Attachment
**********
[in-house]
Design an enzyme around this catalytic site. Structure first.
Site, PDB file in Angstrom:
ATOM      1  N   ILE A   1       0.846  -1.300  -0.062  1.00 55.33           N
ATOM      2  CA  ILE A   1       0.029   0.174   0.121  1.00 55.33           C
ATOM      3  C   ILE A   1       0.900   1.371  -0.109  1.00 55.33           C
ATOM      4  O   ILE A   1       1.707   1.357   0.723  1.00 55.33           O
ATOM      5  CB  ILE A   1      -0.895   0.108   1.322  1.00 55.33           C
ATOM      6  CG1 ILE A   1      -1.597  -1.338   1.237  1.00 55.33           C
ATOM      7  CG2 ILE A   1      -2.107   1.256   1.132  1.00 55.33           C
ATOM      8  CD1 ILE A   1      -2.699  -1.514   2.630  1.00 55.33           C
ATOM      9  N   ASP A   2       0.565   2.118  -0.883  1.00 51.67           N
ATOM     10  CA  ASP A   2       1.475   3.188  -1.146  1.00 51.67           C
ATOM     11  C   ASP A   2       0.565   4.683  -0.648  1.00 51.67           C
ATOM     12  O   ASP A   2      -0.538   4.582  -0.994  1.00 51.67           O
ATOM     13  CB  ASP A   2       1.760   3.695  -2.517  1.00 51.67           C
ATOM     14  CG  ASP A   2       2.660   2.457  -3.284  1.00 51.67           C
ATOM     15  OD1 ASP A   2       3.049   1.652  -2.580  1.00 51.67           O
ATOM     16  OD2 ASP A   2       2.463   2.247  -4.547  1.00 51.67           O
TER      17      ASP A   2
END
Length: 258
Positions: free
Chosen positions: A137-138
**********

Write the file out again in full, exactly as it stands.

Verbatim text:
[in-house]
Design an enzyme around this catalytic site. Structure first.
Site, PDB file in Angstrom:
ATOM      1  N   ILE A   1       0.846  -1.300  -0.062  1.00 55.33           N
ATOM      2  CA  ILE A   1       0.029   0.174   0.121  1.00 55.33           C
ATOM      3  C   ILE A   1       0.900   1.371  -0.109  1.00 55.33           C
ATOM      4  O   ILE A   1       1.707   1.357   0.723  1.00 55.33           O
ATOM      5  CB  ILE A   1      -0.895   0.108   1.322  1.00 55.33           C
ATOM      6  CG1 ILE A   1      -1.597  -1.338   1.237  1.00 55.33           C
ATOM      7  CG2 ILE A   1      -2.107   1.256   1.132  1.00 55.33           C
ATOM      8  CD1 ILE A   1      -2.699  -1.514   2.630  1.00 55.33           C
ATOM      9  N   ASP A   2       0.565   2.118  -0.883  1.00 51.67           N
ATOM     10  CA  ASP A   2       1.475   3.188  -1.146  1.00 51.67           C
ATOM     11  C   ASP A   2       0.565   4.683  -0.648  1.00 51.67           C
ATOM     12  O   ASP A   2      -0.538   4.582  -0.994  1.00 51.67           O
ATOM     13  CB  ASP A   2       1.760   3.695  -2.517  1.00 51.67           C
ATOM     14  CG  ASP A   2       2.660   2.457  -3.284  1.00 51.67           C
ATOM     15  OD1 ASP A   2       3.049   1.652  -2.580  1.00 51.67           O
ATOM     16  OD2 ASP A   2       2.463   2.247  -4.547  1.00 51.67           O
TER      17      ASP A   2
END
Length: 258
Positions: free
Chosen positions: A137-138